Caleb Elliott – Forever to Fade
Forever to Fade is the impressive debut album from Louisiana singer/songwriter Caleb Elliott. Elliott tells his story, from preacher’s son in a cult-like religion to finding musical freedom in Muscle Shoals, Alabama. This is a swamp-art-rock record. There may not be many of those but think of John Paul White (one of his backing vocalists here) and even some of the Memphis folks like John Paul Keith and you’re heading in the right direction. Elliott brings a special sound, however, as he bridges his classical training on cello (which is prominent on several tracks) with the confidence of a front man leading a rock band. His unbounded freedom of expression was deeply earned as he’s broken free of a gothic upbringing inside a cult-style religion to find his artistic voice.
Elliott took tons of inspiration from touring with Nicole Atkins, Dylan LeBlanc, and Travis Meadows, and backing other artists like Lera Lynn, John Paul White, Donnie Fritts, and Sean McConnell in the studio. He never stopped writing his own material. For his debut Elliott tapped Ben Tanner (Single Lock Records co-founder and keyboardist for Alabama Shakes). Together they weave soulful string scores over that dirty-sweet groove that gave name to the Muscle Shoals Sound with seldom heard John Cale-inspired arrangements. The resulting product leans more toward pop than the kind of soul associated with Muscle Shoals but it’s enticingly infectious and at time, sweepingly cinematic.
The instrumentation is as follows: Elliott (guitars, cello), Jeremy Gibson (drums, percussion), Zac Cockrell (bass), Shawn Stroope (bass, baritone guitar), Michael Stephens (electric guitar), Kim Samson (violin, viola, glockenspiel), Ben Tanner (keyboards, vibraphone, electric sitar), and guests on select tracks. Louisa Murray joins White on backing vocals.
“Makes Me Wonder,” the single, kicks off the disc, revealing the orchestral nature of the sounds and soft choruses, and smooth dynamic shifts that imbue most of the songs. Samson plays glockenspiel and Tanner the electric sitar on this on “Burn Like Hell” has an airy, slightly brisk tempo and the song stays on the light side, belying its title. The unmistakable cello leads into the bouncy “Get Me Out of Here,” colored by yet another string arrangement and tasteful keyboard work from Tanner and echoing choruses.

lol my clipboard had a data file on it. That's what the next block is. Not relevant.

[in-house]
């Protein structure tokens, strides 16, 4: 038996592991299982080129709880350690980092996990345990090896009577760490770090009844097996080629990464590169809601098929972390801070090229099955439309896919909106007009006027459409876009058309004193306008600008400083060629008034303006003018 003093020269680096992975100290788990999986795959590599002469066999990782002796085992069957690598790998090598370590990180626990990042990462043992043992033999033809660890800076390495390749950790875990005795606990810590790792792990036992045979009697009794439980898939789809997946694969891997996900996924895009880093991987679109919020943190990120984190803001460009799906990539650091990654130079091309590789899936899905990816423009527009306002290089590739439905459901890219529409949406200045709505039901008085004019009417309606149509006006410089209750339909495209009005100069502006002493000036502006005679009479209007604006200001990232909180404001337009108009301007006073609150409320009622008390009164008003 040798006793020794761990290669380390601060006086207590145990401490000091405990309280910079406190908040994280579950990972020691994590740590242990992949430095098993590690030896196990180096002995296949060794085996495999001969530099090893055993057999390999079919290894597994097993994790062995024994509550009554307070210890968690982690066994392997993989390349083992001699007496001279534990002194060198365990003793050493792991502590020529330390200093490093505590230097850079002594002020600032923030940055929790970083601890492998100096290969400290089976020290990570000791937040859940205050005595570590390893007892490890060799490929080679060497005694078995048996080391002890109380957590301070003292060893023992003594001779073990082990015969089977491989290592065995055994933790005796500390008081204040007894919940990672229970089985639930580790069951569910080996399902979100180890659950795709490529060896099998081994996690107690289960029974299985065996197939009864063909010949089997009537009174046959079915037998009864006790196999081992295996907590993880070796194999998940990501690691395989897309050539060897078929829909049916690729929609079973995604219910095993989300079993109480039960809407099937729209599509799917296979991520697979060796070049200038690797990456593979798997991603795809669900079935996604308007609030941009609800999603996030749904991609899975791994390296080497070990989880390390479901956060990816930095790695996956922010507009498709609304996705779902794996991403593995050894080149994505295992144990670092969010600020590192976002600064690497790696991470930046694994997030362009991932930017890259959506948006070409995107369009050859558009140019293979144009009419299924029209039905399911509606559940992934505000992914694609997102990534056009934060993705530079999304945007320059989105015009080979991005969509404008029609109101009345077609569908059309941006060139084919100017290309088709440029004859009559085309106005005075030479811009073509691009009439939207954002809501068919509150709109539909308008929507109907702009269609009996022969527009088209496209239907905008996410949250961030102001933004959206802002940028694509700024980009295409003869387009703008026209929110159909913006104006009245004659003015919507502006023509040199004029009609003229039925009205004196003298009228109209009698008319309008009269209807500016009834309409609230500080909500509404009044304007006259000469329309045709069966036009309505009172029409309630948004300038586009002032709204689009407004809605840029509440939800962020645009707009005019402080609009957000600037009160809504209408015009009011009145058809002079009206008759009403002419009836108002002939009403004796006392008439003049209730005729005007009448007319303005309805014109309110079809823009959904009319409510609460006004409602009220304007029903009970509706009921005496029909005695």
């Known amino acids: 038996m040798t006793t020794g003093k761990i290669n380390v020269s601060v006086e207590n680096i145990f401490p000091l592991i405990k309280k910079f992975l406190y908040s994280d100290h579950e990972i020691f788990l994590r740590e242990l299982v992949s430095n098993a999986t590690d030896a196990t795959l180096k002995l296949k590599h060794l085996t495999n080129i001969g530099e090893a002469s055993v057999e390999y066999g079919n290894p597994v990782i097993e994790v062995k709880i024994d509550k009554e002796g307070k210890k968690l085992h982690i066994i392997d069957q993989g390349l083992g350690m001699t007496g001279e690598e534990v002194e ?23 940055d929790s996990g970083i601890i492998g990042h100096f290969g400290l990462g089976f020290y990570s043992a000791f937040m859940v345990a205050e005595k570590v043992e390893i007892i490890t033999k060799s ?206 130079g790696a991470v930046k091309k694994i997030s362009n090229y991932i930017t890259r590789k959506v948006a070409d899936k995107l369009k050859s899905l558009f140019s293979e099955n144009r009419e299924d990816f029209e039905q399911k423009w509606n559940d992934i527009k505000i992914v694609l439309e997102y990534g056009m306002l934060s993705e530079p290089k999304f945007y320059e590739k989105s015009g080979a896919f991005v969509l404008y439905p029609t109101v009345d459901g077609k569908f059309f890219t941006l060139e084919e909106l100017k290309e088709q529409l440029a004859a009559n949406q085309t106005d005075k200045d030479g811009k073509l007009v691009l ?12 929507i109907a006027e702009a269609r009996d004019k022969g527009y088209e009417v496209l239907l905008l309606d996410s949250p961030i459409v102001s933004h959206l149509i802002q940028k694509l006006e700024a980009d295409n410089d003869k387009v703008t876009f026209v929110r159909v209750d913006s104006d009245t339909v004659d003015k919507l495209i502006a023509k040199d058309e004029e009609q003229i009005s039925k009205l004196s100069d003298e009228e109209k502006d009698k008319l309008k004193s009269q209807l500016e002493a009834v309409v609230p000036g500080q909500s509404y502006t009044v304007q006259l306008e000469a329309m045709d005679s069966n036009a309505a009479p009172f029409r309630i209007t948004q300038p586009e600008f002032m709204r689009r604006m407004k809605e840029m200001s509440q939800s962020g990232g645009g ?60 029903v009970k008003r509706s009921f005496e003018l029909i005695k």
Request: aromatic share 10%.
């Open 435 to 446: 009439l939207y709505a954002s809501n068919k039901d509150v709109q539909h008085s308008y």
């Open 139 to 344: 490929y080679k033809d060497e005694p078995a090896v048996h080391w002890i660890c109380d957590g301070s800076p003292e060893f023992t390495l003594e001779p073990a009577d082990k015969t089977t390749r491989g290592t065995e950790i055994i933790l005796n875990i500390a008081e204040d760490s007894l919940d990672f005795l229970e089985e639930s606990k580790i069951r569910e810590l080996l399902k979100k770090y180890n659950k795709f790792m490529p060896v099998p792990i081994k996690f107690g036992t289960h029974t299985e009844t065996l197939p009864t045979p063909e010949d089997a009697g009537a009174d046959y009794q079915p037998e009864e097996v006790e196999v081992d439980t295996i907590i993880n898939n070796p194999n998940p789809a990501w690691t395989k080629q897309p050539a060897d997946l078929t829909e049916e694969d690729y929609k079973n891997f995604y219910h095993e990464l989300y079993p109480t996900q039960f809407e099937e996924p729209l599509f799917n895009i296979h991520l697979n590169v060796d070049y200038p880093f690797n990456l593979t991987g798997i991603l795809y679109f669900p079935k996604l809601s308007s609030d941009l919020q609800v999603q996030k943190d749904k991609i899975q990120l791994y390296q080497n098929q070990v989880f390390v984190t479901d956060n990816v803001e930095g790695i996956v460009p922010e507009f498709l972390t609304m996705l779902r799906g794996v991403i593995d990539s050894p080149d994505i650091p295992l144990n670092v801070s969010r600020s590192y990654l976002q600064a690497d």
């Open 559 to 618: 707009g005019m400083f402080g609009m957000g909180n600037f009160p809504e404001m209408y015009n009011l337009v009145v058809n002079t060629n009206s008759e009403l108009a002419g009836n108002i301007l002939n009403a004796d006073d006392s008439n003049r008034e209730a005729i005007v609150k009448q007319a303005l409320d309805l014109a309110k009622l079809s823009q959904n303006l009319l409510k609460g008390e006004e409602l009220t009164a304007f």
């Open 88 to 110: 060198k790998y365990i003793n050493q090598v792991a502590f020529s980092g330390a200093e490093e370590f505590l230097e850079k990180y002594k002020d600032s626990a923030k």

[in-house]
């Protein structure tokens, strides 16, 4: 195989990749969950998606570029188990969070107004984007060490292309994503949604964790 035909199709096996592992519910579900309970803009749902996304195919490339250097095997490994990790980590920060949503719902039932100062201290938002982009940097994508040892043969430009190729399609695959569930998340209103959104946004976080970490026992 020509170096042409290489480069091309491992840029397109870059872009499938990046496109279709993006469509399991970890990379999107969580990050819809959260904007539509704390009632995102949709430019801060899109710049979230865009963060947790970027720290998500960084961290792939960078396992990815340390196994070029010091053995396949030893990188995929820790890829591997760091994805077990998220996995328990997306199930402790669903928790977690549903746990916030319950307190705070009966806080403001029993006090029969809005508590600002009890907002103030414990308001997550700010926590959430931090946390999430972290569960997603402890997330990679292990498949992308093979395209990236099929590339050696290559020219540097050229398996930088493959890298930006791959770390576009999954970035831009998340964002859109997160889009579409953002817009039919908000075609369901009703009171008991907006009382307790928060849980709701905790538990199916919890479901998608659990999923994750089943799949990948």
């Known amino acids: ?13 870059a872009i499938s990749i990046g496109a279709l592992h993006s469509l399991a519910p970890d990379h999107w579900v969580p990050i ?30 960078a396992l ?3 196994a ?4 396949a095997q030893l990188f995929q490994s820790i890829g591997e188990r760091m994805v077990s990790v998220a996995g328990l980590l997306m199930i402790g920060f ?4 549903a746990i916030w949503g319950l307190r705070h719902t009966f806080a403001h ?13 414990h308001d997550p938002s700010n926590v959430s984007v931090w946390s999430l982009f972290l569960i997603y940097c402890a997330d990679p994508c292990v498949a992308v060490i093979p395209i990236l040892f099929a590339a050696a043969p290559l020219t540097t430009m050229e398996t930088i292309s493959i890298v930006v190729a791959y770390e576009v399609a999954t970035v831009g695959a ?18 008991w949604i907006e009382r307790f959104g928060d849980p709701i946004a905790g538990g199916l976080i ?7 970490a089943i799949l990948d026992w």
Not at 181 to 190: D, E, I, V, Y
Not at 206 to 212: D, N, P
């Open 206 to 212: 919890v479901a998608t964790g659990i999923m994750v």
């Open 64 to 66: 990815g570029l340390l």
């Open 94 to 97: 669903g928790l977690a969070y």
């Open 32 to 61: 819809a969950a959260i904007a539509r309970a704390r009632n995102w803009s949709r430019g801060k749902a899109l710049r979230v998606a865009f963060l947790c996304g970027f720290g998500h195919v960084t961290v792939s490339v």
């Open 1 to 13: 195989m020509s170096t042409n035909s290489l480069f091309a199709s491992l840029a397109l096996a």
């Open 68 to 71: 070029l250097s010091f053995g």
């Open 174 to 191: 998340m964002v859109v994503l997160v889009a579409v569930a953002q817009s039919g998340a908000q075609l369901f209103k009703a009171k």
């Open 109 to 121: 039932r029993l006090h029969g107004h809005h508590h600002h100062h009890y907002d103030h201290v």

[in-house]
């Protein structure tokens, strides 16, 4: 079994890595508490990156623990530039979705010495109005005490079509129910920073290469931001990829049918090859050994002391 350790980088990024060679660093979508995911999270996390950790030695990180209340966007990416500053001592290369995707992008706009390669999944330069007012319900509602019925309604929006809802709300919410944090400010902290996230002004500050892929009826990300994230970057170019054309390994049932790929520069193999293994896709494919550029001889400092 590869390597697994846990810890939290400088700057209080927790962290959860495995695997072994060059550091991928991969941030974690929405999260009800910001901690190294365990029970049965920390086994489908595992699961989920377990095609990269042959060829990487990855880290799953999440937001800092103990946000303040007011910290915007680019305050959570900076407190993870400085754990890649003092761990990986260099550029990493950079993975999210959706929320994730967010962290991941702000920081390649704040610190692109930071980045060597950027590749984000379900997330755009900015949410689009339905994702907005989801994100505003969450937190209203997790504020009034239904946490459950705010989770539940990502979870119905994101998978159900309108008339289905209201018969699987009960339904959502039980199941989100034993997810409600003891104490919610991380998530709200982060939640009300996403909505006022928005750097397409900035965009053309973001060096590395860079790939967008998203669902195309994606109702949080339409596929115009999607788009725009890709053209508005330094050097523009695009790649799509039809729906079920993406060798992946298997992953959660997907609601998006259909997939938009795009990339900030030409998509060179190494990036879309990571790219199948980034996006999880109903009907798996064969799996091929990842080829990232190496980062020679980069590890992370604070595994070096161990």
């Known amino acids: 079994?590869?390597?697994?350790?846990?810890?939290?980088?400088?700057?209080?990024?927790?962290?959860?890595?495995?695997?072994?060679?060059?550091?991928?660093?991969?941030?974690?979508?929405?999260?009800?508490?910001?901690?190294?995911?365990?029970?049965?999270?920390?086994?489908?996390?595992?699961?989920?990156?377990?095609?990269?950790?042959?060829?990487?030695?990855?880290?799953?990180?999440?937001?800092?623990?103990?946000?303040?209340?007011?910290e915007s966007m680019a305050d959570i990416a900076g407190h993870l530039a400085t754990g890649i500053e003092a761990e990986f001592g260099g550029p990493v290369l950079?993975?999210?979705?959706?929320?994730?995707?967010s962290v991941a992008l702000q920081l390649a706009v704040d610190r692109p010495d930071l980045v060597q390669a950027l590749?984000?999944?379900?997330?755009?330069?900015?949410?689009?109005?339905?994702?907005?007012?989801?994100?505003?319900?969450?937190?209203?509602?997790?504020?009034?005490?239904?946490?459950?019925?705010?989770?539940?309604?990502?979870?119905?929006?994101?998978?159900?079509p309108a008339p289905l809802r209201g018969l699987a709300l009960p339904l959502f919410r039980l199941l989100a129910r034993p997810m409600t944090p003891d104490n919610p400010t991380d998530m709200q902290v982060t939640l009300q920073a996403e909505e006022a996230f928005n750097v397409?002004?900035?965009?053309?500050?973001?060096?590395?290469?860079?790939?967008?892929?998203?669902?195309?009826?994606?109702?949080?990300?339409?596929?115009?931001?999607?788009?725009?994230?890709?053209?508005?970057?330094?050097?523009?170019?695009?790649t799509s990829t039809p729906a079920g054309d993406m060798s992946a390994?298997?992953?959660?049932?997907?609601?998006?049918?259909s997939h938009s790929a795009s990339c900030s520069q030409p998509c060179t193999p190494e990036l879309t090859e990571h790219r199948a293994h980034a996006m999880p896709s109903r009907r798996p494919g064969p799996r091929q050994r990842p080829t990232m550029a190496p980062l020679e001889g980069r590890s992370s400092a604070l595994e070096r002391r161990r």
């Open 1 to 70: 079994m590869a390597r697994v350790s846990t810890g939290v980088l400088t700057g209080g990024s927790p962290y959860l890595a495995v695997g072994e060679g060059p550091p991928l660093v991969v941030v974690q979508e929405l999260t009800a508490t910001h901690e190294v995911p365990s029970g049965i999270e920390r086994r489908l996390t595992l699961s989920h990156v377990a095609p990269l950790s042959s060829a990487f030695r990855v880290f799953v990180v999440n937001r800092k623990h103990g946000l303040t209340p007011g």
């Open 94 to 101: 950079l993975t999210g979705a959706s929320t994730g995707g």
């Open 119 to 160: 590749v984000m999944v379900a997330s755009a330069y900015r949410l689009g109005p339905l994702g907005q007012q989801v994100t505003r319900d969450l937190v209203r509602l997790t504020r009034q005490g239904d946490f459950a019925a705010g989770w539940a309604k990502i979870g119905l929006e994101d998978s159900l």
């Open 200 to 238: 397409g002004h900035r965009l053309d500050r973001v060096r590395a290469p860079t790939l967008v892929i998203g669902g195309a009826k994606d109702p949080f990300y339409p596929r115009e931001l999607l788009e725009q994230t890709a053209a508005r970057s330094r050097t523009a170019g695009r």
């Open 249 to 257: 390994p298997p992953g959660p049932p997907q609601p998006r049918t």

The title track begins with a thumping bass and melodic guitar chords and lines that build, cresting at “you took forever to fade” before returning to the repetitive opening sequence. It’s rather engaging as is the following “On Your Own,” which has even a few more hooks centered around syncopated rhythms. Throughout, Elliott’s tenor voice is expressive, clear, and melodic. “Till the Tides Turn” begins with acoustic guitar before a haunting backdrop envelops Elliott’s vocal and Samson’s gorgeous violin break as Stroope supports on baritone guitar.
“Are You Ready” aptly kicks off Side 2, as the orchestral backing swells behind Elliott’s Beatlesque melody. “Try” is a bit sparer, colored by the prominent bass line. “Old Souls” returns to the orchestral, tweaked by Todd Beene’s ethereal pedal steel and Tanner’s keys. “Don’t Go Losing Your Head” is another with nice cello amidst soaring strings. There’s a longing in “El Paso” – “trying to make El Paso by the night.” “Black Lungs,” as the title suggests, is perhaps the darkest, haunting song with its dreamlike, hypnotic effects.
Elliott delivers well-crafted songs and engaging soundtrack-like music. To his credit he stays focused, unlike some artists who try to experiment with too much variety in a debut. We know Elliott’s rich sound right away and, thankfully, he never veers away from it.
- Jim Hynes